Wednesday, 11 April 2007

Volunteering in South Africa

Volunteering in the New South Africa

So, we are back in Clare. But for a time, and maybe a long time, our hearts are still in Africa.
My son, a transition year student, participated with me in a month-long volunteer project with an organisation called help2read, a project based in a suburb of Cape Town called Muizenberg. At the moment it is a pilot programme but the director tells me she will soon will be operating in schools in the townships of Masiphumelele and Hout Bay (where the Mellon Foundation, known as ‘Irishtown’ in the Cape Peninsula, has built hundreds of houses). Every day for a month we worked with six primary schoolchildren. For half an hour each we read to them and encouraged them to read to us. We played cards sometimes and drew pictures of pirates and kings and butterflies. Our children, the students of Muizenberg Junior School, came from the local community and from places like Mitchell’s Plain, a coloured settlement from where it takes two hours to travel to school, and Grassy Park and even Khayelitsha—the township on the edge of the Indian Ocean, home to over a million. Some of our students like Esther, Rejoice, Joyful, and Fleming were refugees from Burundi and Rwanda and the Congo. Some of our students like Tyler were disadvantaged white South Africans. In the days before apartheid the school catered only for whites. Now it is 90 percent black and coloured, although the majority of teachers are white. While the infrastructure of the school is excellent, a legacy of pre-apartheid, the student body is bursting into every available space and the resources are stretched to breaking point. If the arrive at the door of the school, the school will take them in as long as they buy a blue uniform and white shirts and socks and black shoes. The school has tried to make a policy of not turning children away. These students were quite possibly among the luckiest of students and the school itself one of the most racially integrated in the country. It is the face of the new South Africa. It is putting its best foot forward. It is the model of education, and the contribution of volunteers like ourselves only make it better.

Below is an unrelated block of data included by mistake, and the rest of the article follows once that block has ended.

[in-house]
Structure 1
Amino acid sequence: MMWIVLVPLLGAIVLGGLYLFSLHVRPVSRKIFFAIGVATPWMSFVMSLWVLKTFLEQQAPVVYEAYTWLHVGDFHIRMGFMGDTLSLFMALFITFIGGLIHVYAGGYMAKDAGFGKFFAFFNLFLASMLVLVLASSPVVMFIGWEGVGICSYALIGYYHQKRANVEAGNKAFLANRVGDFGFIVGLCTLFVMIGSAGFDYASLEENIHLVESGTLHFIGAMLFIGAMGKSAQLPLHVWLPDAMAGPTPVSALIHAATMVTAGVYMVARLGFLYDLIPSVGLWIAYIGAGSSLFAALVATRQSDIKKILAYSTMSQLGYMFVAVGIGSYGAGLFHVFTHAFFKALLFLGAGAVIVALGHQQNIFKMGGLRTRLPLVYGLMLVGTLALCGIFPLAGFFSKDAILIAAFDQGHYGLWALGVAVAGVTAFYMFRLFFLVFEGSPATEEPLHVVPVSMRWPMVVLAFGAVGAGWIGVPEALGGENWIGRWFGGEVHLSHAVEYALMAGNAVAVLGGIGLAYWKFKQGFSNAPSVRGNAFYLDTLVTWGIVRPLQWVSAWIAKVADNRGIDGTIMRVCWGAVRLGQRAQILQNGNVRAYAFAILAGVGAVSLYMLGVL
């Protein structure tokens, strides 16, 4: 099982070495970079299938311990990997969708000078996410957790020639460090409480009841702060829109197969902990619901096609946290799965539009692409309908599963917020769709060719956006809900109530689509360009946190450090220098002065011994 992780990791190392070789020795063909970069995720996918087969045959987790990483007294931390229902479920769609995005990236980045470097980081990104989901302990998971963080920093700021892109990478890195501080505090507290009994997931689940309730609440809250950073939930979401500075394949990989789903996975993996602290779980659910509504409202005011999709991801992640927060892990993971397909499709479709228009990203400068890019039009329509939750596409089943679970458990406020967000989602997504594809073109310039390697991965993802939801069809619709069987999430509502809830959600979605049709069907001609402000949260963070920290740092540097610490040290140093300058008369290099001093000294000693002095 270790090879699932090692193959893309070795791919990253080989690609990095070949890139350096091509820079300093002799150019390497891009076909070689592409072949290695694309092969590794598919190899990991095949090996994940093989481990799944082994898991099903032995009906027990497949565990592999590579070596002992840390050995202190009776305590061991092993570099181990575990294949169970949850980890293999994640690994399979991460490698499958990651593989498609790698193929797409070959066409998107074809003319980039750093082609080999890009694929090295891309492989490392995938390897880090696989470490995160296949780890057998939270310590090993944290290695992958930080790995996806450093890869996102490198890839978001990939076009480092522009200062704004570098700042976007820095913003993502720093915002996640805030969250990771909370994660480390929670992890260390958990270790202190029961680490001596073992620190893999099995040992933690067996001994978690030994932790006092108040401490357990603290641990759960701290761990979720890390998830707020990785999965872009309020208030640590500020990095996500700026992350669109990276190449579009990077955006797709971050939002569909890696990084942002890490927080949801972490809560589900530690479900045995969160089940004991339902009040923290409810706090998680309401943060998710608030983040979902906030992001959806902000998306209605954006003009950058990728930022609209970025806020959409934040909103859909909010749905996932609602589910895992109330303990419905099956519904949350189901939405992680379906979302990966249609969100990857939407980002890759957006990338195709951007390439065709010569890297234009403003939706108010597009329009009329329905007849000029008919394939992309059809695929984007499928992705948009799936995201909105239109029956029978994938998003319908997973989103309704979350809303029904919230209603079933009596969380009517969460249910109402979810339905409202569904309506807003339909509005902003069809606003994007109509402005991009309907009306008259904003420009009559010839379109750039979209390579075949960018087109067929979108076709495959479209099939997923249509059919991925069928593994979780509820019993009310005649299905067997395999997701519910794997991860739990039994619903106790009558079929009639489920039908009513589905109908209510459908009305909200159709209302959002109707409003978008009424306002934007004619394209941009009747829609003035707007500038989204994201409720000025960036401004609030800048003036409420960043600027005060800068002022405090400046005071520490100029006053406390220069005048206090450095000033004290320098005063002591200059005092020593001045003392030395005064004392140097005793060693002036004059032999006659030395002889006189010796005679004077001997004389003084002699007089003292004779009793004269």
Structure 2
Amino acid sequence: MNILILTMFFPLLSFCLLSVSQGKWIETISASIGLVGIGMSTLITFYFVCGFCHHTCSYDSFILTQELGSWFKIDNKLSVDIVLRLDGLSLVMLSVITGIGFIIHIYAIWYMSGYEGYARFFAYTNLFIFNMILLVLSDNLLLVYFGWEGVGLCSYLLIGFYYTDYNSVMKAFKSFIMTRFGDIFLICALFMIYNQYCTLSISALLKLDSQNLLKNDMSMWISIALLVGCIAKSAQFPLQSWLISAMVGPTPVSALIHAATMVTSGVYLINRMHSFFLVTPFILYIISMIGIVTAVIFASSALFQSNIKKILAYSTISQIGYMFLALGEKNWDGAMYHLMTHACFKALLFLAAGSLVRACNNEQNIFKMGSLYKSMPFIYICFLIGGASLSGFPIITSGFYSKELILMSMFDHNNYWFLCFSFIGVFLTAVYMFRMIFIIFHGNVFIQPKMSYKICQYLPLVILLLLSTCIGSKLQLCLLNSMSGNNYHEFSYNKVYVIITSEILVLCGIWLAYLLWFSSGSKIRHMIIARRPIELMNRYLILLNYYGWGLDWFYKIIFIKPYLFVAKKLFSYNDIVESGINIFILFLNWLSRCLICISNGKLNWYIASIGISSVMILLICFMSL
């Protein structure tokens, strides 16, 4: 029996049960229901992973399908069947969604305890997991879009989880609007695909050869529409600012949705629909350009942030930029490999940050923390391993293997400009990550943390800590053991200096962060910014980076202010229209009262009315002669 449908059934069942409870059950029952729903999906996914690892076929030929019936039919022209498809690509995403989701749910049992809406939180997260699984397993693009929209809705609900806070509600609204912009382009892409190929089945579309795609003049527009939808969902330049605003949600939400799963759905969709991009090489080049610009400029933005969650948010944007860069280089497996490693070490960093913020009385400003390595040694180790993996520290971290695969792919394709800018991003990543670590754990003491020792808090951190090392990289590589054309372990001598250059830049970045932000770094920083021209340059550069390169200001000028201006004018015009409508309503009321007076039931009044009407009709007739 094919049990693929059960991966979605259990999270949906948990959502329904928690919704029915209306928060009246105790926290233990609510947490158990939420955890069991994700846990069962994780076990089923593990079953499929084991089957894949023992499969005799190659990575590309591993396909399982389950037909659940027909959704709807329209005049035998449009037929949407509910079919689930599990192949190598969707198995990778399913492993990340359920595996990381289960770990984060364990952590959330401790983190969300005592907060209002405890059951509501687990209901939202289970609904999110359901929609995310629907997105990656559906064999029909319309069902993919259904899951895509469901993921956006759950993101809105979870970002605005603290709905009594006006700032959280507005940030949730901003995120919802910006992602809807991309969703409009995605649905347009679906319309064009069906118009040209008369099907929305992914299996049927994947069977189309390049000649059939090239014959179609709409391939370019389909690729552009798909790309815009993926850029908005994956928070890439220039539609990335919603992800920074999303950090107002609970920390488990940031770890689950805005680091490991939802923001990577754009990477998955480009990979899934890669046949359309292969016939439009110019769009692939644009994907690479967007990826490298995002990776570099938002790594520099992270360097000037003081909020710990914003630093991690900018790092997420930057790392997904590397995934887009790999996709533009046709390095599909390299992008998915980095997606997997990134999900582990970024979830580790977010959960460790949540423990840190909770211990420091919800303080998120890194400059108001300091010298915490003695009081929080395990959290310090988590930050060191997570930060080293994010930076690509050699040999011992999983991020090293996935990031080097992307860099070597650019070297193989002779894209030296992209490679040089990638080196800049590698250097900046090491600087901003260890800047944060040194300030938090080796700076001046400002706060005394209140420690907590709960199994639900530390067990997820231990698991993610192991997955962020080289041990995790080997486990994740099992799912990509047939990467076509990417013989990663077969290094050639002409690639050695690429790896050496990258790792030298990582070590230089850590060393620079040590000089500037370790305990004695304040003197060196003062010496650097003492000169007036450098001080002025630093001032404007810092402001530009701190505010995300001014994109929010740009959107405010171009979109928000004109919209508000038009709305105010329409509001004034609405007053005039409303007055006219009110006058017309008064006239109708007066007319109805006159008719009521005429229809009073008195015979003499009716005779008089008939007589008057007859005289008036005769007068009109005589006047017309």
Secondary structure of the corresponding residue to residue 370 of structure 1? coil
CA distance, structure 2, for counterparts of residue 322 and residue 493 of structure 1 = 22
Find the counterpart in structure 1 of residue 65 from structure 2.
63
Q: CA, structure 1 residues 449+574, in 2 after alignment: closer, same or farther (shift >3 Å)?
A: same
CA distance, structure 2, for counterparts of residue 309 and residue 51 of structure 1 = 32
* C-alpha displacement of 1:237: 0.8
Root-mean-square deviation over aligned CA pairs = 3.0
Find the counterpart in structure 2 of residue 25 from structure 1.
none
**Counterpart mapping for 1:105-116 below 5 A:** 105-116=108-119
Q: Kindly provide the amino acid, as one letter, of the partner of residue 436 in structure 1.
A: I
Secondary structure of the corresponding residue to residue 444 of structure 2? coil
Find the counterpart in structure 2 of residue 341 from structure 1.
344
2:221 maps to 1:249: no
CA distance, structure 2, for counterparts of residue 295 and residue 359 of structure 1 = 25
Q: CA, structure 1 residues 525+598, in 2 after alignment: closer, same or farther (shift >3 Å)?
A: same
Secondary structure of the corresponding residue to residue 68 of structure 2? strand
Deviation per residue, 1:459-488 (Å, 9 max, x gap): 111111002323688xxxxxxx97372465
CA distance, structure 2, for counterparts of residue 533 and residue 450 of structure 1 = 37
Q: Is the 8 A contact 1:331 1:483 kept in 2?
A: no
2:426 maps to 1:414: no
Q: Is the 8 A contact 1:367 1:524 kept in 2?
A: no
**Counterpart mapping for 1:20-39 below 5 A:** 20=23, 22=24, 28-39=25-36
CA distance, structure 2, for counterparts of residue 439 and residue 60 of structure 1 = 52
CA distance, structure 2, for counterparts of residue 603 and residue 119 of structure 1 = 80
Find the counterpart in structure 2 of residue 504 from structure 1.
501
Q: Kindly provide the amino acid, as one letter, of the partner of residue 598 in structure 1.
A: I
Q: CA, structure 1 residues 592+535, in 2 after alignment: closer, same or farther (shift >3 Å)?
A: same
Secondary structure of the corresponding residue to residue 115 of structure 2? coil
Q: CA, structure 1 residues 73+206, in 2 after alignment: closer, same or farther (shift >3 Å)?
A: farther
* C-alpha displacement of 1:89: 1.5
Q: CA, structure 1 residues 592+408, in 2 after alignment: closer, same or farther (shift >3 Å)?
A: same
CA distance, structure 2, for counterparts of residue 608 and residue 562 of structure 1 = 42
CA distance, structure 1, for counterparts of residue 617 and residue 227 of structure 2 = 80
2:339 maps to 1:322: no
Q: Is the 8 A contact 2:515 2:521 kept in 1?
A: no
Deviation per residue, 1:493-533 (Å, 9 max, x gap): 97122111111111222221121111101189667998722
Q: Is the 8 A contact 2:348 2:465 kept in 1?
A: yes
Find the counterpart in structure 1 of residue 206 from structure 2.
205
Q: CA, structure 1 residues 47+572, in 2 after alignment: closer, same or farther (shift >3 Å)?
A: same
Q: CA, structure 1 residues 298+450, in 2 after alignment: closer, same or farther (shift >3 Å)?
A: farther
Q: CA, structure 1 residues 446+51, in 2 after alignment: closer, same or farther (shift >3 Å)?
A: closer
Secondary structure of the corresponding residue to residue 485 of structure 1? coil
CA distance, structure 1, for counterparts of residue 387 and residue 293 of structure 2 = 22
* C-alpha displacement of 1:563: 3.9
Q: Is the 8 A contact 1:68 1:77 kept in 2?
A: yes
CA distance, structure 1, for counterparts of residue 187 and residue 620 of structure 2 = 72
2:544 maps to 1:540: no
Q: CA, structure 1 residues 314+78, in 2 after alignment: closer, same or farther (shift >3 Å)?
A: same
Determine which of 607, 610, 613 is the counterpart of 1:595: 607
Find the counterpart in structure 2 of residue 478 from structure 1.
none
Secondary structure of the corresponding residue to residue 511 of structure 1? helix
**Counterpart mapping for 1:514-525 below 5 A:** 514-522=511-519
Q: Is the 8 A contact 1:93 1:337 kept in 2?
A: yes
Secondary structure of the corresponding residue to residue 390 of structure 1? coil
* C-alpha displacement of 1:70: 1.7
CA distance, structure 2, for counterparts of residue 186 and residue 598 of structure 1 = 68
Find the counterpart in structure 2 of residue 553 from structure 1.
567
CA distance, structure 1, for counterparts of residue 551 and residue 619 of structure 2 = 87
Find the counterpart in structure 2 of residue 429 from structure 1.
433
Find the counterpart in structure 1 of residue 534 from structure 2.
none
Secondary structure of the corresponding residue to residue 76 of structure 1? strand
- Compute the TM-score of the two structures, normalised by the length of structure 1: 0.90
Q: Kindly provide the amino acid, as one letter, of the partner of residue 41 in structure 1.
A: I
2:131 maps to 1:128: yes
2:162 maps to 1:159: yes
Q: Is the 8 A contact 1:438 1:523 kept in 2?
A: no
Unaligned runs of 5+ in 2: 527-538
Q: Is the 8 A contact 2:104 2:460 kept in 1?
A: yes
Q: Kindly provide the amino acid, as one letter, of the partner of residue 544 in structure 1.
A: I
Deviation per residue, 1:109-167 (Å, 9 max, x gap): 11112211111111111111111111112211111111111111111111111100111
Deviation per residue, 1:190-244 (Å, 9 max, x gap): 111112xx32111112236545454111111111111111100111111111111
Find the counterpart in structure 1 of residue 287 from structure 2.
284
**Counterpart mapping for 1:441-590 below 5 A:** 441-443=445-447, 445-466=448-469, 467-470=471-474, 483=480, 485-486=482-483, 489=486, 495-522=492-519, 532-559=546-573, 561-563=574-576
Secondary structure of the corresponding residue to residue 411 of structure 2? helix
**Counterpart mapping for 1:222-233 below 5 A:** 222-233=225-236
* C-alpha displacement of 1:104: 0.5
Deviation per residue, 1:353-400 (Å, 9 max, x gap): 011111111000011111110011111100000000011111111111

So what was it like, people ask when you come back. Well, really the experience is so profound, so different to your usual life that you could speak about it for days on end and still not quite capture it. Picture arriving after a 12-hour flight in Africa. It’s 6 in the morning, the January sun is dazzlingly hot, and you are there waiting four hours for your pick-up from the volunteer organisation with no idea of what lies ahead. At even that first moment we had stepped out of Western, Northern Hemisphere lives and into a slower pace. When a South African says ‘now now’ to you don’t expect it mean now as in double time. (Expect it to mean today, tomorrow or sometime next week.) Driving directly from the airport you see the township of Langa—one the biggest townships in the country. What strikes you is the rolling sea of tin roofs, thousands of tiny shacks, painted different colours. Some are collapsing. But most, amazingly so, are sustainable homes. Not long gone from the days of the ‘one family/one bed’ rule, the townships are slowly transforming into more acceptable housing. When you talk to people about township living you begin to understand that it is their ‘home’. Ask a person from a township to move into a wealthier neighbourhood and they will most likely refuse. A few weeks after our arrival we met a white South African couple, living in a wealthy suburb on the coast of the Indian Ocean who explained to us that their maid travelled two hours a day, each way, to work at their home. She was invited to stay for month while the couple went on holiday but she refused point blank. Didn’t even consider it. Why? Because where the whites lived was isolated. No community. No camaraderie. No neighbours living a shared experience. Not ‘now now’, she very likely said, ‘not ever’. Her employers take care of her expenses and have bought her second shack-cum-house in her township. If everyone did this, if the haves continue to give to the have-nots, then the new South Africa may be able to lead Africa itself, eventually, out of poverty.